— The Waif of the "Cynthia" • Andre Laurie and Jules Verne

... Sir Walter Raleigh, was at that time commissioned to raise and equip the land-forces of Cornwall; but, as he was also commander of Plymouth, we may well believe that he must have availed himself of the opportunity of consulting with the lord-admiral and other high officers which was offered by ...
— The Fifteen Decisive Battles of The World From Marathon to Waterloo • Sir Edward Creasy, M.A.

... leisure than my conductorship was likely to leave me, if I hoped to find time for regaining my lost knowledge of that language. Moreover, I provided most thoroughly for a study of universal history, and to this end did not fail to equip myself with the most voluminous works. Thus armed, I thought I could bid defiance to all the trials which I clearly foresaw would inevitably accompany my calling and position. In hopes, therefore, of long and peaceable enjoyment of this hard-earned home, I ...
— My Life, Volume I • Richard Wagner

... the time how it is done; to hunt out the principles on which the great artists wrought; to face, to rationalise, the difficulties by which they were confronted, and learn how they overcame the particular obstacle. Surely even for mere criticism, apart from practice, we shall equip ourselves better by seeking, so far as we may, how the thing is done than by standing at gaze before this or that masterpiece and murmuring 'Isn't that beautiful! How ...
— On the Art of Writing - Lectures delivered in the University of Cambridge 1913-1914 • Arthur Quiller-Couch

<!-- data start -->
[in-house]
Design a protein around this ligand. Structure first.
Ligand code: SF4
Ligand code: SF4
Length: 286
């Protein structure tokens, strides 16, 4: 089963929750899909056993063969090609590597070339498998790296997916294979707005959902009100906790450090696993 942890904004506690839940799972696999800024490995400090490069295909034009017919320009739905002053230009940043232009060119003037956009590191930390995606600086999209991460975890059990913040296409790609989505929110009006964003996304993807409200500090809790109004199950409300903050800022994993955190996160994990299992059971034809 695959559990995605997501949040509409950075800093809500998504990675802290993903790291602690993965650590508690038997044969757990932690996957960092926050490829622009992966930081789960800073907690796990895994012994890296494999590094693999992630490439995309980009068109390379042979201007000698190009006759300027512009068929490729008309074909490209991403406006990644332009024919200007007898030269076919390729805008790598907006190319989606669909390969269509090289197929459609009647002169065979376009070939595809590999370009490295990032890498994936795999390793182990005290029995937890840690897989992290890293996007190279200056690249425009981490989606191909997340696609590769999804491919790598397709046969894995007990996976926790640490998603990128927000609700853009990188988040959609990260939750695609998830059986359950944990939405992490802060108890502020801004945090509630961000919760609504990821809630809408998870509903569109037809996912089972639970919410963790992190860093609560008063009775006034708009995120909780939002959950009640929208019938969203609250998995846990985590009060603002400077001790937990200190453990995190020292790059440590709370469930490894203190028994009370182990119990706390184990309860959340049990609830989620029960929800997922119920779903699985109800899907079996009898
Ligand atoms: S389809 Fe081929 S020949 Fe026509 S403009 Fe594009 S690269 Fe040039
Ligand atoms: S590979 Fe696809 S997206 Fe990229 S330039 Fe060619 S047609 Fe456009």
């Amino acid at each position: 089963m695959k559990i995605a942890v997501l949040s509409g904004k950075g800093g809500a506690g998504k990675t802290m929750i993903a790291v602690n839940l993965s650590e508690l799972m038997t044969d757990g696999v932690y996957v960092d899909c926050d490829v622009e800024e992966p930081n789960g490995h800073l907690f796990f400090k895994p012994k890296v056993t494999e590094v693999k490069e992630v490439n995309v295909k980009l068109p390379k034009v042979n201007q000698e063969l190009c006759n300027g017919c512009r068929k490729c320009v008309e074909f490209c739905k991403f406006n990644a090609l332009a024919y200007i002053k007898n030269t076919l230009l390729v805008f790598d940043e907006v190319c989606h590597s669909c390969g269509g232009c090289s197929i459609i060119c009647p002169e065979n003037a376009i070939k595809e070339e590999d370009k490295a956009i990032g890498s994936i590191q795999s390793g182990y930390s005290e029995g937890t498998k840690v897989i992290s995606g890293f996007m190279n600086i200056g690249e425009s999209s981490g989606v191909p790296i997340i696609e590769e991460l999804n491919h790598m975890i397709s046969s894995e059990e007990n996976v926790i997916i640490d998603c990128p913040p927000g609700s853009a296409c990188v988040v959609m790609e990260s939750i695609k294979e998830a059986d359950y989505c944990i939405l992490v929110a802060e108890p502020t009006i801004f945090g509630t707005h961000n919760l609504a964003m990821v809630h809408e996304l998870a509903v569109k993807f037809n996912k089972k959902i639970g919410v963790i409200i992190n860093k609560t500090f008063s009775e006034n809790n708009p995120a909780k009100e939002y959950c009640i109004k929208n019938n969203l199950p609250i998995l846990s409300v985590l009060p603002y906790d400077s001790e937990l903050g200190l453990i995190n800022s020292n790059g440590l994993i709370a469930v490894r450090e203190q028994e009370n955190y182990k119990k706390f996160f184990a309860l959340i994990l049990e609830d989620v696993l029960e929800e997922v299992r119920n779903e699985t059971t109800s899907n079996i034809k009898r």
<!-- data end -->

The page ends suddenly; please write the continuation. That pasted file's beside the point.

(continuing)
... devoted their efforts to sowing rice. Consequently, the country has been well supplied, as the Chinese are better farmers than the Indians. Many citizens and the convents of the religious orders have given them the loan of lands and twenty-five pesos per head, so that they might settle and equip themselves with the necessary implements for farming the land. The first year the Chinaman pays this sum, and the following years gives for every hundred brazas of land fifteen or twenty pesos rent, which is a like number of fanegas ...
— The Philippine Islands, 1493-1898, Volume XXIII, 1629-30 • Various

... in their indomitable pride of nationhood, seemed to have strained the resources even of the British Empire, and Japan, an Asiatic power only recently emerged from obscurity, had just proved on land and sea that an Asiatic nation in possession of her national independence could equip herself to meet and overcome one of the greatest of European powers—one whose vast ambitions constituted in the eyes of generations of British statesmen a grave menace to the safety of India itself. Was England really mightier than ...
— India, Old and New • Sir Valentine Chirol

... before the payment was made he was at work, he and Vin Ferrara together, on the Bluebird, plowing the Gulf in stormy autumn weather. The season was far gone, the salmon run slackening to its close. It was too late to equip another carrier. The cohoes were gone. The dog salmon, great-toothed, slimy fish which are canned for European export—for cheap trade, which nevertheless returned much profit to the canneries—were ...
— Poor Man's Rock • Bertrand W. Sinclair